Do testosterone declines during the transition to marriage and fatherhood relate to men's sexual behavior? Evidence from the Philippines

Lee T. Gettler*, Thomas W. McDade, Sonny S. Agustin, Alan B. Feranil, Christopher W. Kuzawa

*Corresponding author for this work

Research output: Contribution to journalArticlepeer-review

48 Scopus citations


Testosterone (T) is thought to help facilitate trade-offs between mating and parenting in humans. Across diverse cultural settings married men and fathers have lower T than other men and couples' sexual activity often declines during the first years of marriage and after having children. It is unknown whether these behavioral and hormonal changes are related. Here we use longitudinal data from a large study in the Philippines (n. =. 433) to test this model. We show that among unmarried non-fathers at baseline (n. =. 153; age: 21.5. ±. 0.3. years) who became newly married new fathers by follow-up (4.5. years later), those who experienced less pronounced longitudinal declines in T reported more frequent intercourse with their partners at follow-up (p. <. 0.01) compared to men with larger declines in T. Controlling for duration of marriage, findings were similar for men transitioning from unmarried to married (without children) (p. <. 0.05). Men who remained unmarried and childless throughout the study period did not show similar T-sexual activity outcomes. Among newly married new fathers, subjects who had frequent intercourse both before and after the transition to married fatherhood had more modest declines in T compared to peers who had less frequent sex (p. <. 0.001). Our findings are generally consistent with theoretical expectations and cross-species empirical observations regarding the role of T in male life history trade-offs, particularly in species with bi-parental care, and add to evidence that T and sexual activity have bidirectional relationships in human males.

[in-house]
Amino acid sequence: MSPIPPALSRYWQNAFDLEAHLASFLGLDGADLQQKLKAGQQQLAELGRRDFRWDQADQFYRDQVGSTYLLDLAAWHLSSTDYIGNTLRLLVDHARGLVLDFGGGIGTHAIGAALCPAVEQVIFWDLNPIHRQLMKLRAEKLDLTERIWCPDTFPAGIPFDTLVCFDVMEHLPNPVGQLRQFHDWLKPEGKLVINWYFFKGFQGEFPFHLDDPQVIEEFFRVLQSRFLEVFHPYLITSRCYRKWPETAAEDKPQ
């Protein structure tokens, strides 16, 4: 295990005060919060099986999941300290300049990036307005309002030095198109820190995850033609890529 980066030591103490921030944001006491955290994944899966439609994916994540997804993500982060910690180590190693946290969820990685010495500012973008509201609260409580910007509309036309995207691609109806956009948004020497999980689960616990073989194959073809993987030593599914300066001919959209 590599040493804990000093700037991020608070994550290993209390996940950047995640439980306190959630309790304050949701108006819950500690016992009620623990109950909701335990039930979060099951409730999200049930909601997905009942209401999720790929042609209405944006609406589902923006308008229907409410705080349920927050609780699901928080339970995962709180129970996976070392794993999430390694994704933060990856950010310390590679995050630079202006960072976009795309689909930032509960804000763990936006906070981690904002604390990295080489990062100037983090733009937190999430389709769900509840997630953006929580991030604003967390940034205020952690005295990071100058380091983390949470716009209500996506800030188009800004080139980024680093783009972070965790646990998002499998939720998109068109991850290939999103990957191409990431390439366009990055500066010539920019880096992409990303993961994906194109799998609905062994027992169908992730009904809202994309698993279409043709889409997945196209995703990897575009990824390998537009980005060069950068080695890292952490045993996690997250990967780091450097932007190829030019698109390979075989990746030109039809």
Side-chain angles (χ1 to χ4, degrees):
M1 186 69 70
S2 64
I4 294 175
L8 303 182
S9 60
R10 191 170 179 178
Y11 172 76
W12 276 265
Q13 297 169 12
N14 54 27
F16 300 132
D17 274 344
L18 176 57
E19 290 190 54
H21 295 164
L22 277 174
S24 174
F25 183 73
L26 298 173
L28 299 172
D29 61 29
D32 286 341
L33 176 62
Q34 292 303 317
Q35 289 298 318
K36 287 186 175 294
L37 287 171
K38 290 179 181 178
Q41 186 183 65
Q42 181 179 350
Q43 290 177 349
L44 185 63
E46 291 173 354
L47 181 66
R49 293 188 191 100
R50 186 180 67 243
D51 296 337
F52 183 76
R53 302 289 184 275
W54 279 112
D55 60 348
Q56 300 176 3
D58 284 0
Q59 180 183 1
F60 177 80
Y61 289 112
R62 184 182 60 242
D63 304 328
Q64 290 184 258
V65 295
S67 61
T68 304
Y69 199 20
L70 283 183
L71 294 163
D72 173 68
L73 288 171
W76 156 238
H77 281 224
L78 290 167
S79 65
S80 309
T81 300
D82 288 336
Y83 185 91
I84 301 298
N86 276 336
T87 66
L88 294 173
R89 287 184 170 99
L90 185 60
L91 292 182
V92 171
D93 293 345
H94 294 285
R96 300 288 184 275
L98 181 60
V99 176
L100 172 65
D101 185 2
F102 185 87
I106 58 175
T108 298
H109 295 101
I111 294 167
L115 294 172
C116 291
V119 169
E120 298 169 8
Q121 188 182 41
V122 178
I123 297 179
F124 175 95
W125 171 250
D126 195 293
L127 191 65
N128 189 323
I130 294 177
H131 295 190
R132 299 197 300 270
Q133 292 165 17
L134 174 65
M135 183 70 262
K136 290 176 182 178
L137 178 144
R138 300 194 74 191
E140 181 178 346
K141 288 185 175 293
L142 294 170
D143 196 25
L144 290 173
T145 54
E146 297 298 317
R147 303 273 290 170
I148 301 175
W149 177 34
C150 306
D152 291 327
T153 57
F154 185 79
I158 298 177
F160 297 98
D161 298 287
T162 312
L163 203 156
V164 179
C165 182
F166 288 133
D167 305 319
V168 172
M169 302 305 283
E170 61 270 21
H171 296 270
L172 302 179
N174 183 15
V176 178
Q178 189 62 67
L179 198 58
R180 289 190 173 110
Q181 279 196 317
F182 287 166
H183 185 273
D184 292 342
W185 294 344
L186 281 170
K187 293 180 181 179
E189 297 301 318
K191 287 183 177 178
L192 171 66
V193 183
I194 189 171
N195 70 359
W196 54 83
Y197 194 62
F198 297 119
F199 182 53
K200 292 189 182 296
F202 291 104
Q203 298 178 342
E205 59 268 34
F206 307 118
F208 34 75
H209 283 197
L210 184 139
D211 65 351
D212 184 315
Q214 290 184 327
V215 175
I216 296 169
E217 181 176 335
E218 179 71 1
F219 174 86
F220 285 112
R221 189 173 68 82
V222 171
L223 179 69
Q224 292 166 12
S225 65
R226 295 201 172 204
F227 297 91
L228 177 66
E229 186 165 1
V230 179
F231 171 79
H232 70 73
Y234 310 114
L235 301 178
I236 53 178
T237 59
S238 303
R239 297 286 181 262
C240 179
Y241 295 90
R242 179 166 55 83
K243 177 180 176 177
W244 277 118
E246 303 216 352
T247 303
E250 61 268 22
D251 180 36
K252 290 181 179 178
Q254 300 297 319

Original languageEnglish (US)
Pages (from-to)755-763
Number of pages9
JournalHormones and Behavior
Issue number5
StatePublished - Nov 2013


  • Challenge hypothesis
  • Hormones and behavior
  • Paternal physiology
  • Psychobiology
  • Reproductive physiology
  • Sexual health

ASJC Scopus subject areas

  • Endocrinology
  • Endocrine and Autonomic Systems
  • Behavioral Neuroscience


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